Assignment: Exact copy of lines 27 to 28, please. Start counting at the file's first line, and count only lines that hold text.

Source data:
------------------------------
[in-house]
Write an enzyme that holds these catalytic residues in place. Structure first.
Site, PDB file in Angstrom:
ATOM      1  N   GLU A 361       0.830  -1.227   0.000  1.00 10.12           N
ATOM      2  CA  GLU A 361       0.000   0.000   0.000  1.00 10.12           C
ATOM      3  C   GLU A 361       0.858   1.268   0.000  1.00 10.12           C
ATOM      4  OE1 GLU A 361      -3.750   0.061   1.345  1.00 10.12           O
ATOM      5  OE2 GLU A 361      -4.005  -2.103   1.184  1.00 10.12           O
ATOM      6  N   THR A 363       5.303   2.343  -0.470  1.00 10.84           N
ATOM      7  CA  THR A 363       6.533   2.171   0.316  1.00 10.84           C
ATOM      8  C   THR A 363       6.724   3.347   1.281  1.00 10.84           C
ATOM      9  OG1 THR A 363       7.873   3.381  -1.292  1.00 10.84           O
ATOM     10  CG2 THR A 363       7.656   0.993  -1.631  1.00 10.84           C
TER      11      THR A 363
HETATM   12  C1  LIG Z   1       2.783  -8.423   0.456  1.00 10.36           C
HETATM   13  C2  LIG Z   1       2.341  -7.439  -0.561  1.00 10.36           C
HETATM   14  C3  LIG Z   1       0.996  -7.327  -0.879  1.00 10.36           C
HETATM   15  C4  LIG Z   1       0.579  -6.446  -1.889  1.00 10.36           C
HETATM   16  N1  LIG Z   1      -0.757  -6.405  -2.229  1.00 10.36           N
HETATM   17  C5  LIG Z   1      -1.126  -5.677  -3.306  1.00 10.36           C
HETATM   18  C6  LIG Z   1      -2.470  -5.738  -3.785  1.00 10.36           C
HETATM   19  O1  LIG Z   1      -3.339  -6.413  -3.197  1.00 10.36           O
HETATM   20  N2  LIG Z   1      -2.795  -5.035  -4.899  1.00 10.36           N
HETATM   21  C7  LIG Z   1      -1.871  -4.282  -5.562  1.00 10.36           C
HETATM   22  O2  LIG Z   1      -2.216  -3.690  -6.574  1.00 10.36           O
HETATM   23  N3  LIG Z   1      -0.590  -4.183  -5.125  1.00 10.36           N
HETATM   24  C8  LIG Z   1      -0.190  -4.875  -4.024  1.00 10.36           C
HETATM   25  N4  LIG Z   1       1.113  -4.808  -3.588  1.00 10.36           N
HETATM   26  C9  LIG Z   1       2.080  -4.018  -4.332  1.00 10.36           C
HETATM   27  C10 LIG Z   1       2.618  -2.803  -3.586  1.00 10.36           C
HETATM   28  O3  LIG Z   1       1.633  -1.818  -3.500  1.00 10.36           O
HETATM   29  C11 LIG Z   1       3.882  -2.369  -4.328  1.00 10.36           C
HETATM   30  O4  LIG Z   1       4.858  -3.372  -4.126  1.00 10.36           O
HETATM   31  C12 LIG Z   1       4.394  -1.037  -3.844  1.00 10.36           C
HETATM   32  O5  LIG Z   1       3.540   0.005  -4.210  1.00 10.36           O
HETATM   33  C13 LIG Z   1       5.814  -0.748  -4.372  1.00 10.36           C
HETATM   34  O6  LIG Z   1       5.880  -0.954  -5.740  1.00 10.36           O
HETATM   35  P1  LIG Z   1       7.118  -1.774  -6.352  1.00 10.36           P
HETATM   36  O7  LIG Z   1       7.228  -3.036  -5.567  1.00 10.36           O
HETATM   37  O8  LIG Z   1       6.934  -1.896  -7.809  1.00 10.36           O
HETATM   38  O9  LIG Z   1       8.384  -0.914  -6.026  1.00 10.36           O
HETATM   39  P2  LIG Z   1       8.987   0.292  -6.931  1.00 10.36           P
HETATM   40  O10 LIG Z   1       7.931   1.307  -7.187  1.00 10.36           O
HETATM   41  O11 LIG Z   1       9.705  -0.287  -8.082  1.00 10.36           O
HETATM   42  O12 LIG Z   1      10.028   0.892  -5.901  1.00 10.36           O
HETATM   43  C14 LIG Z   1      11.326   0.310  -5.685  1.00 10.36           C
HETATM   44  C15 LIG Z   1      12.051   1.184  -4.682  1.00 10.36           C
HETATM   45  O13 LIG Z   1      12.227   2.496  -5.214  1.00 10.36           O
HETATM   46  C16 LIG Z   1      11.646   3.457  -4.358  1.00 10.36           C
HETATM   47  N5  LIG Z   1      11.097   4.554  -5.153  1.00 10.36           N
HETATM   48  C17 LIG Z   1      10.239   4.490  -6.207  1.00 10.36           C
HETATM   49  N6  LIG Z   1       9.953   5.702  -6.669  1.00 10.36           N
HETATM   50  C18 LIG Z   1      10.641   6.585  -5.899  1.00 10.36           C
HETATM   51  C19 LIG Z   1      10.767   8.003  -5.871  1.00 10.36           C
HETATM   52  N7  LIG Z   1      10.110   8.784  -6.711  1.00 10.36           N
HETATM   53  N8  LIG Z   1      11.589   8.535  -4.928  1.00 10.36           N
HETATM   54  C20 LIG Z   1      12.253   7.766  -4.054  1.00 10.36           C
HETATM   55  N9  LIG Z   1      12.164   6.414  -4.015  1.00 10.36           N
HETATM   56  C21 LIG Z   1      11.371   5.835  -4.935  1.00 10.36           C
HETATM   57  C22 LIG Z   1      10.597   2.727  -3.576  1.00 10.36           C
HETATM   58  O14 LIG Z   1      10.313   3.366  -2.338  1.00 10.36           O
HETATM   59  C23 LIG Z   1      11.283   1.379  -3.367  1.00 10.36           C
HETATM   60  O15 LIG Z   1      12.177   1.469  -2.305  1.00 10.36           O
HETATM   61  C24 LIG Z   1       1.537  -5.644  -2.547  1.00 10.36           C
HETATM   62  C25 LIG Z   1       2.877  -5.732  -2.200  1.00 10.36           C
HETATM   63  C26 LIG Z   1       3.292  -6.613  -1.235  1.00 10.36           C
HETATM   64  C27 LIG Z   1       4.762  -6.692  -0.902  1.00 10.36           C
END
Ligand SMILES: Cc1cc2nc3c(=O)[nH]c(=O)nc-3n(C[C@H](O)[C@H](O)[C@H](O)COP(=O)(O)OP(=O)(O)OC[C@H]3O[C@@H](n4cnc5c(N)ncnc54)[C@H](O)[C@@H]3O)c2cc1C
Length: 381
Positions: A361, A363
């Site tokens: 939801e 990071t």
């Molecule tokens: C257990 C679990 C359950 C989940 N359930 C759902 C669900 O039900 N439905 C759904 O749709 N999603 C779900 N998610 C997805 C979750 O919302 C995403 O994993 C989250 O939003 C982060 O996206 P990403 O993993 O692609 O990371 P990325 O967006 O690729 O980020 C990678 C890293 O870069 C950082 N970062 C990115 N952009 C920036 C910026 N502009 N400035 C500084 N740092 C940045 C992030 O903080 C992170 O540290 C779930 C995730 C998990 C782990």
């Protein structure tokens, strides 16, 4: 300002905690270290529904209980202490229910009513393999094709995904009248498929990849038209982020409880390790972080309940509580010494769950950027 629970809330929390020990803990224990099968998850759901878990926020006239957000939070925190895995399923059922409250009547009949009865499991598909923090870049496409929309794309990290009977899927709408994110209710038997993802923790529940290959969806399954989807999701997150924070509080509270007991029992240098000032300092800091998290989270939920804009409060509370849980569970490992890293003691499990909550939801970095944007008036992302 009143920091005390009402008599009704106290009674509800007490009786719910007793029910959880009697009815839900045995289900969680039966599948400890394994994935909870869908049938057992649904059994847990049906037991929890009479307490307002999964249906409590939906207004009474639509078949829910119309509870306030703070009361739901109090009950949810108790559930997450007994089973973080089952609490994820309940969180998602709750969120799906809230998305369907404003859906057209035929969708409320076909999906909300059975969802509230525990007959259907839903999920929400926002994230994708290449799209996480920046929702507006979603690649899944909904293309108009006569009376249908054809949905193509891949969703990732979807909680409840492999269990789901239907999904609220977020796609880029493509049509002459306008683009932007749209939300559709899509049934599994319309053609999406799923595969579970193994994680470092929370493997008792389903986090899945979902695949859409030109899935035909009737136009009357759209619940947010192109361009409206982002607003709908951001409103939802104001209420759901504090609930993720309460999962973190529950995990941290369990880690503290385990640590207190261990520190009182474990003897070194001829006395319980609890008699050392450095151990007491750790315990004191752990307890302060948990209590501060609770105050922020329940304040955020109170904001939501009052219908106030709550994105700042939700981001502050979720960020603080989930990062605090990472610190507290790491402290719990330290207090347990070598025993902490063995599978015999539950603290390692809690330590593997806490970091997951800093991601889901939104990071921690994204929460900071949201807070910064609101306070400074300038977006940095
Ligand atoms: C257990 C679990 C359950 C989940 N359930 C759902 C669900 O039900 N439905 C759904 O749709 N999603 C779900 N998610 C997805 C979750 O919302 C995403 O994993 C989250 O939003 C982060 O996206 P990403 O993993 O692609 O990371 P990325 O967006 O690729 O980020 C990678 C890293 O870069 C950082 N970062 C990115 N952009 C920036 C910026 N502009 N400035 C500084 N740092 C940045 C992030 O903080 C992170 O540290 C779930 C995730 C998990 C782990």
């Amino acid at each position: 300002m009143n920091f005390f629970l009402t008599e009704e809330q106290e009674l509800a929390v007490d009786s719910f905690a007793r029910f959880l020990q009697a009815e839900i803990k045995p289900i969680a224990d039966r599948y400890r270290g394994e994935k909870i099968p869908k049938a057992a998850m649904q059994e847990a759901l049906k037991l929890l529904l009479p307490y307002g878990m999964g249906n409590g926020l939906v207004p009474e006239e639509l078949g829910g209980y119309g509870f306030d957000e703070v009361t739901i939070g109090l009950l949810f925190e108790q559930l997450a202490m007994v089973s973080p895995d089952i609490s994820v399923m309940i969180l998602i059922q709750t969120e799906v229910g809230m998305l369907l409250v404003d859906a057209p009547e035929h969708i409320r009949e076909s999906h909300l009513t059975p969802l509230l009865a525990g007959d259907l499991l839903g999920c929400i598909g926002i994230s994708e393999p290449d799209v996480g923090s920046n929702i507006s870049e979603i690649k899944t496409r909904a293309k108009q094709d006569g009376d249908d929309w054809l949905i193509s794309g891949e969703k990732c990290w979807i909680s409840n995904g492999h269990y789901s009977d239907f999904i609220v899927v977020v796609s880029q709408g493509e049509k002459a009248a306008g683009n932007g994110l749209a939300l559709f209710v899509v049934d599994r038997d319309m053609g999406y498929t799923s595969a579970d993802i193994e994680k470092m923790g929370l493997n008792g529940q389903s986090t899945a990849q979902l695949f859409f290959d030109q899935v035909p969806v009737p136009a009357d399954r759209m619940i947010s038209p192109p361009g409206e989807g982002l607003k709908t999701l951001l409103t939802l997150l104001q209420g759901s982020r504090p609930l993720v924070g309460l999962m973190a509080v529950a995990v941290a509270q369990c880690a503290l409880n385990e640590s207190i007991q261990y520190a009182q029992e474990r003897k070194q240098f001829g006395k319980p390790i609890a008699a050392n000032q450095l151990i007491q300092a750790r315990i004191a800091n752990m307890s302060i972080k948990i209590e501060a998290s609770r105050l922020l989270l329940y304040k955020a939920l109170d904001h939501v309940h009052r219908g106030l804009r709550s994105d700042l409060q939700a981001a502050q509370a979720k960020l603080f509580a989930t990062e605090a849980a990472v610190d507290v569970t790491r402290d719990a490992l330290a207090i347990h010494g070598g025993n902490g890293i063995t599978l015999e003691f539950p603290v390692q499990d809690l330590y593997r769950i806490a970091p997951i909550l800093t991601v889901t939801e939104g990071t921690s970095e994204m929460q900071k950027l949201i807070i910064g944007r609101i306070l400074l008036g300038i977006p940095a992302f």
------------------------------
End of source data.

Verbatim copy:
HETATM   24  C8  LIG Z   1      -0.190  -4.875  -4.024  1.00 10.36           C
HETATM   25  N4  LIG Z   1       1.113  -4.808  -3.588  1.00 10.36           N